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Stephen D Chakwin Jr
American Record Guide, July 2013

The strengths of the reading are its straightforward integrity and dramatic sense.

The first movement’s grim march and passionate response are well set forth, as is the second’s eerie reverse image of the first.

The big scherzo is presented with lyricism and intensity…

It’s nice to have the Adagietto flow forward as elegantly as it does here…

The finale is well built and exciting.

For a 1951 performance, this is impressive.

If you’re a Rosbaud devotee or interested in the performance history of this piece, you might find this interesting. Otherwise, it’s a perfectly fine reading, capably…conceived and played…

The sound is good for its time. © 2013 American Record Guide Read complete review on American Record Guide

David Hurwitz, July 2013

This 1951 radio broadcast from WDR is nothing short of amazing…you will be hard pressed to find a fresher, more exciting, more intense Mahler Fifth on disc. Hans Rosbaud…and the Cologne Radio Orchestra attack the piece with a truly impressive level of commitment. They play hard, and Rosbaud’s swift, take-no-prisoners approach is captured in very good mono sound for its era.

There are two qualities in Rosbaud’s interpretation that stand out particularly. First, there is the wide dynamic range, more than adequately captured by the engineers. The climaxes all have tremendous impact…Second, Rosbaud emphasizes Mahler’s detailed tempo variations with remarkable precision, capturing the music’s eruptive qualities as have very few others.

No Mahlerian can afford to miss this performance. © 2013 Read complete review

John Quinn
MusicWeb International, April 2013

I detect no lack of feeling or expressiveness in Rosbaud’s reading and he is not afraid to deploy a judicious amount of portamento. It’s good to hear a straightforward approach to this music.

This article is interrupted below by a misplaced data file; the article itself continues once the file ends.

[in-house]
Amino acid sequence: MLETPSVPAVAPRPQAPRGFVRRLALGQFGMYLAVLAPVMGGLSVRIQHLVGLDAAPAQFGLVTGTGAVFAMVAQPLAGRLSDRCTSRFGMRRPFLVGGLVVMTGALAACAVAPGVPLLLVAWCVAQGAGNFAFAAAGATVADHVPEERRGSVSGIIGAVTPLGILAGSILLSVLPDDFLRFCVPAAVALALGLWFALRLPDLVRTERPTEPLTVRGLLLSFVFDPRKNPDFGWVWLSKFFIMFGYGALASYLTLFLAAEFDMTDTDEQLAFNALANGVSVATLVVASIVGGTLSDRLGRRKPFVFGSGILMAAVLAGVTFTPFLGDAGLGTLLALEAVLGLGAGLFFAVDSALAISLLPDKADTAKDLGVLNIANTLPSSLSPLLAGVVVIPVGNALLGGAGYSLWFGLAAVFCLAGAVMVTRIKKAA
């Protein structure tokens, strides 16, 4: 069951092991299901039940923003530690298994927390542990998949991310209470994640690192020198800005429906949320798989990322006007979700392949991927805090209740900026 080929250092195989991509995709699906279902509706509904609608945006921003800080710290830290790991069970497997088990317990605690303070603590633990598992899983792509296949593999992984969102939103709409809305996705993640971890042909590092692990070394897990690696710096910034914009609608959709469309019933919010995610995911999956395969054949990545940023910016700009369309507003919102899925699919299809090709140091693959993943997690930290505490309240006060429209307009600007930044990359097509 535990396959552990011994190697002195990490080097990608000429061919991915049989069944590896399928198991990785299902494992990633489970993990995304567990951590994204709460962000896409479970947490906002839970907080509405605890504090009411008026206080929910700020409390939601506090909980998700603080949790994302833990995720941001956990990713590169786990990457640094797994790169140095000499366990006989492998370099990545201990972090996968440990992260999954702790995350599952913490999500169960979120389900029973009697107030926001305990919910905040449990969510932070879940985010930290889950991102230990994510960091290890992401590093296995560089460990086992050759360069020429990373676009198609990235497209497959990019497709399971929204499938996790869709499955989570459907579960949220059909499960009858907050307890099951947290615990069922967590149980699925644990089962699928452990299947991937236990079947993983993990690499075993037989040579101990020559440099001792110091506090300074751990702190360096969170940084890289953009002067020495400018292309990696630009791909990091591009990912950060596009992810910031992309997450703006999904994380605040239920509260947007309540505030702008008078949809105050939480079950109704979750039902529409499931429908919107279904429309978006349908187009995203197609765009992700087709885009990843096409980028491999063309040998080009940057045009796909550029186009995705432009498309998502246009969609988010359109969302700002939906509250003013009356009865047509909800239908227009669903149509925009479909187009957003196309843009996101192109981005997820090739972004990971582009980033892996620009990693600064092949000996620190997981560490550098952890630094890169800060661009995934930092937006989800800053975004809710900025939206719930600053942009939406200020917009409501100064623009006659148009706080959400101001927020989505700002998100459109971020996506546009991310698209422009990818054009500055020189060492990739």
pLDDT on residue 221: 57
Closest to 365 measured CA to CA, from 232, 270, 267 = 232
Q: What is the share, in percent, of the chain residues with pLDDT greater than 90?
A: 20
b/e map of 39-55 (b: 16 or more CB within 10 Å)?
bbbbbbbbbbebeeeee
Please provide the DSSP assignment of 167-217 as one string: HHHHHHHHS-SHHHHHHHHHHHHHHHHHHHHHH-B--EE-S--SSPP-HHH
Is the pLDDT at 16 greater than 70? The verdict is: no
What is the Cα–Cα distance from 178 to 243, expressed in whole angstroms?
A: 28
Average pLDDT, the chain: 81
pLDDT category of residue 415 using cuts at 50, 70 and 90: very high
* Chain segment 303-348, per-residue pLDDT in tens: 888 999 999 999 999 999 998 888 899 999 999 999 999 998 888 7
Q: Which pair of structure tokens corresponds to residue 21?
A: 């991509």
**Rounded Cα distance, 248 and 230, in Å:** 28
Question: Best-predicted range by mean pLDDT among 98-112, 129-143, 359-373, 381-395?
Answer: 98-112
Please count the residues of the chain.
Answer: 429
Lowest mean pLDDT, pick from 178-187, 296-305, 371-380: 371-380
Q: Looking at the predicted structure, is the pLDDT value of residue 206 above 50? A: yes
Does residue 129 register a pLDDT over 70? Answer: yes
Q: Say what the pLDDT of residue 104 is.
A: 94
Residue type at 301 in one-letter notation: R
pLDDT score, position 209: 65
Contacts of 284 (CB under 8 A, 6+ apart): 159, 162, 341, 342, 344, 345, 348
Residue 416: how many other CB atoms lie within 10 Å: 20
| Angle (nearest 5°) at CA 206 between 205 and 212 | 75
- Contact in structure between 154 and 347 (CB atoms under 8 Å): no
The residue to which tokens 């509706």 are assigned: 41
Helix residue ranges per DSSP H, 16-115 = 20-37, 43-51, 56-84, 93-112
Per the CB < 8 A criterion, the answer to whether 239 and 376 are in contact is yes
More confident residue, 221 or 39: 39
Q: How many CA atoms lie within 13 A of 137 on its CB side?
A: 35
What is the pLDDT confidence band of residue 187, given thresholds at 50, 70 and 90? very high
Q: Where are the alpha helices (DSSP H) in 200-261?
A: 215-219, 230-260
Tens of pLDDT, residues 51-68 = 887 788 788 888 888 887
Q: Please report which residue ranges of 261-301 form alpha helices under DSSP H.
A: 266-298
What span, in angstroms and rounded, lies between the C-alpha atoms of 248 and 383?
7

The Cologne orchestra offers spirited playing and Rosbaud is fully in command of the music—as, indeed, he is throughout the symphony…

The sound is perfectly acceptable, especially given its vintage. There is a useful note by Kenneth Woods.

This release provides evidence that the reputation that Hans Rosbaud enjoyed among his fellow musicians was justified. His Mahler Fifth is a notable addition to the symphony’s discography and is well worth hearing. I congratulate ICA Classics on their enterprise in issuing it. © 2013 MusicWeb International Read complete review

Gary Lemco
Audiophile Audition, February 2013

The Mahler Fifth resurrected by ICA derives from a Cologne Radio session 22 October 1951 taped in preparation for broadcast. The recorded sound more than resonates with the various furies that engulf this score, with its martial trumpet call—for Mahler the very incursion of Mortality—to the often sweeping moments of emotional paroxysm and personal lamentation. Rosbaud allows something of the Nineteenth Century rhythmic license and portamento to infiltrate the first movement, without sacrificing the nearly hysterical vehemence that Mahler frequently demands. The magnificent horn and tympanic peroration at the Storm’s last pages whirls more in the Mitropoulos vein, another Mahler acolyte reveling in his own distinctive approach.

Muscular and sensitively wrought at once, the Rosbaud conception achieves a sense of dignity and unity within the knotty whirlwinds of contradictory forces that define Mahler’s interior world, spacious as its tormented loves will permit. © 2013 Audiophile Audition Read complete review

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